What is metaethics?

    The origins of moral principles: reason, emotion/attitudes, or society

    The distinction between cognitivism and non-cognitivism

    Key points: The distinction between cognitivism and non-cognitivism

    A. Moral realism

    From cognitivism to moral realism

    Moral naturalism

    Utilitarianism as naturalism

    Thinking harder: naturalism in virtue ethics

    Moral non-naturalism: Moore’s intuitionism

    The naturalistic fallacy

    The open question argument

    Thinking harder: is the ‘naturalistic fallacy’ a real fallacy?



    Issues for moral realism

    A J Ayer’s verification principle

    The argument from Hume’s fork

    Hume’s argument from motivation

    Hume’s is-ought gap

    Mackie’s argument from relativity

    Mackie’s arguments from queerness

    Key points: moral realism

    B. Moral anti-realism

    Error theory

    Non-cognitivism and moral anti-realism


    Emotivism and subjectivism

    Ayer’s defence

    Emotivism after Ayer


    Prescriptive meaning


    Moral language

    Issues for moral anti-realism

    Can moral anti-realism account for how we use moral language?

    Thinking harder: disagreement and moral argument

    Whether moral anti-realism becomes moral nihilism

    Moral progress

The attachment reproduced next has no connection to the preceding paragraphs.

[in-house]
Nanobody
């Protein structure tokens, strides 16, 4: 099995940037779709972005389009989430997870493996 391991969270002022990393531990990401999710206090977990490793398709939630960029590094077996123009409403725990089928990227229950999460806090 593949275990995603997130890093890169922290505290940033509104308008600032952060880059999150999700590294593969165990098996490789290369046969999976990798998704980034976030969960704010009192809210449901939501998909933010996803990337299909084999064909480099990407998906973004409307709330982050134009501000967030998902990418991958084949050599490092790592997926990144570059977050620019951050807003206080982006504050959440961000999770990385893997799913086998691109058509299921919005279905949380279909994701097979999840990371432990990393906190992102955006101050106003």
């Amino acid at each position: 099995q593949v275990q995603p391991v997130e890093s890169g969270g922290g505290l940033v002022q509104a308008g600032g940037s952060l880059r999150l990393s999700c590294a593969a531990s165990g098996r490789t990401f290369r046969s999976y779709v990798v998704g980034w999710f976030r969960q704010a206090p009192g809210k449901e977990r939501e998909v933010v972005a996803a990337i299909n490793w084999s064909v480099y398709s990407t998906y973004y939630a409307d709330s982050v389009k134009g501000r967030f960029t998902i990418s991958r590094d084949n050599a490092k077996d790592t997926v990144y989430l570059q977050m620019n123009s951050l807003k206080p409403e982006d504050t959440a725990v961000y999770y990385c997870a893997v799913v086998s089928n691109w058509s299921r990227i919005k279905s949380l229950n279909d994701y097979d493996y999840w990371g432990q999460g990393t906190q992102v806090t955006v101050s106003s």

Key points: moral anti-realism

    Metaethics and applied ethics

    Summary: metaethics

    4 Preparing for the exam

    The examination

    The structure of the exam

    Assessment objectives

    Understanding the question: giving the examiners what they are looking for

    Short-answer questions

    Nine-mark questions

    Fifteen-mark questions

    Revision: it’s more than memory

    Exam technique: getting the best result you can

    Revision tips

    Exam tips

    Glossary (with Joanne Lovesey)

    Index by syllabus content

    Subject index


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    Michael Lacewing is a teacher of philosophy and theology at Christ’s Hospital school, and a former Reader in Philosophy and Vice-Principal Academic at Heythrop College, University of London. He is founder of the company A Level Philosophy (, and advises the British Philosophical Association on matters related to philosophy in schools.


    'Michael Lacewing writes in an engaging way and really brings the A-Level philosophy syllabus to life; he focuses not only on the content but on the philosophical method itself. An essential read for any A-Level philosophy student'.

    Cressida Tweed, teacher of philosophy at Woodhouse College and Lead philosophy tutor at the National Extension college, UK.